This thesis systematically rethinks activation policy by moving away from a narrow focus on individual responsibility, and by re-embedding economic actions into a social context. The need for the research was motivated by the observation that a defining feature of welfare reforms in many developed countries has been an emphasis on active welfare arrangements, framed within a discourse which focuses on the increased responsibility of the individual vis-à-vis the state. Against this background, this thesis looks at the design of the Dutch social assistance scheme and activation policy (governed by the 2015 Participation Act), mainly from the point of view of the lived experiences of recipients and with particular emphasis on their relative position in society. In a series of subsequent studies, the decision context of recipients and the effect of different activation policy instruments on their well-being and agency was examined. This directly informed the design and trial of a policy instrument, namely a self-affirmation exercise conducted during meetings between citizens and activation workers. Finally, an additional angle was added by taking into account not only citizens and their interactions with activation workers, but also the implications of activation workers’ role understanding on their actions, and the impact of their actions for the well-being and agency of citizens. The thesis concludes that the terms activation and responsibility and their uses need to be critically rethought, as they are loaded with assumptions about behaviour that not only lead to inefficient policies, but can indeed create “potential longer term, more insidious, ‘side-effects’” (Brown, 2012, p. 306).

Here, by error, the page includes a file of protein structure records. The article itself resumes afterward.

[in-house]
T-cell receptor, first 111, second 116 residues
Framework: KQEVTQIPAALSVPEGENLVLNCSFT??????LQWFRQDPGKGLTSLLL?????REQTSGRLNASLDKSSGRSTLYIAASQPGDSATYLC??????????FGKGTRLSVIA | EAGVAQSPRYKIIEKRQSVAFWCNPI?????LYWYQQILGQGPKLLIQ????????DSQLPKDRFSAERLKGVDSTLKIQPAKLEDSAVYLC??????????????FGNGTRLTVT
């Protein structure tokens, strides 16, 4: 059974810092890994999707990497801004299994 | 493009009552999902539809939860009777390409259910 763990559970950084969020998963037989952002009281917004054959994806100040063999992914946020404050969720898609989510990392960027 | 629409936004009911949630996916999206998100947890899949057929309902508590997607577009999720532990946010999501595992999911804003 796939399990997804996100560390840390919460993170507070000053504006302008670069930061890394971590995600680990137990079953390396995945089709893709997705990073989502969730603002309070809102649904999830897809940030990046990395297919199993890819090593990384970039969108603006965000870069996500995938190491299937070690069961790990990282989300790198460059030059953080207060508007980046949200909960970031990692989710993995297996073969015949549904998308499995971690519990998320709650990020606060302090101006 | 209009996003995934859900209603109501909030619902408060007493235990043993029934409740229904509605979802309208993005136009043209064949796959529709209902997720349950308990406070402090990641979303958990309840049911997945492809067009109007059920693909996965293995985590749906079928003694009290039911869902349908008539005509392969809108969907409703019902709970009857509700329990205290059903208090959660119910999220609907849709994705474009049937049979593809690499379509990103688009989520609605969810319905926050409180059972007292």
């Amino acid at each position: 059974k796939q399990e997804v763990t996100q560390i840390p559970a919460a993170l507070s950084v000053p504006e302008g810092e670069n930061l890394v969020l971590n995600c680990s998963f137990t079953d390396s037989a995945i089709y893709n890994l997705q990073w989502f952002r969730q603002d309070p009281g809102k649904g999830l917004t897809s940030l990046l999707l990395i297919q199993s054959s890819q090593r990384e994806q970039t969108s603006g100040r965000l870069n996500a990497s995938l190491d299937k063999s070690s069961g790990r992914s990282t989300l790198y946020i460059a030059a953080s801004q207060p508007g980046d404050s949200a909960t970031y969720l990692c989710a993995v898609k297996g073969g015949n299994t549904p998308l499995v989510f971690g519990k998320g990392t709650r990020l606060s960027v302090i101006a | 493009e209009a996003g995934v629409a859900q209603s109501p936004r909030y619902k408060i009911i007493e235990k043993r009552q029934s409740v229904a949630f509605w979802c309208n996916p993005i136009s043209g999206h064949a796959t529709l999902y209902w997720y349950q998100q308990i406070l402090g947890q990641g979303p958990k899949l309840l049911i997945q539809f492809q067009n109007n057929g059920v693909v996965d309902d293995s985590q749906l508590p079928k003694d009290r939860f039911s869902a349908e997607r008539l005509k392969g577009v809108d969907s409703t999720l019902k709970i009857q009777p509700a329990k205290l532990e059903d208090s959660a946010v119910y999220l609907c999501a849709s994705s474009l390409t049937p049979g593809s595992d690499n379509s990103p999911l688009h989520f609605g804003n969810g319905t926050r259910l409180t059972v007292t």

Venue: Aula, Minderbroedersberg 4-6
Date: 30 October 2019
Time: 14:00 - 15:30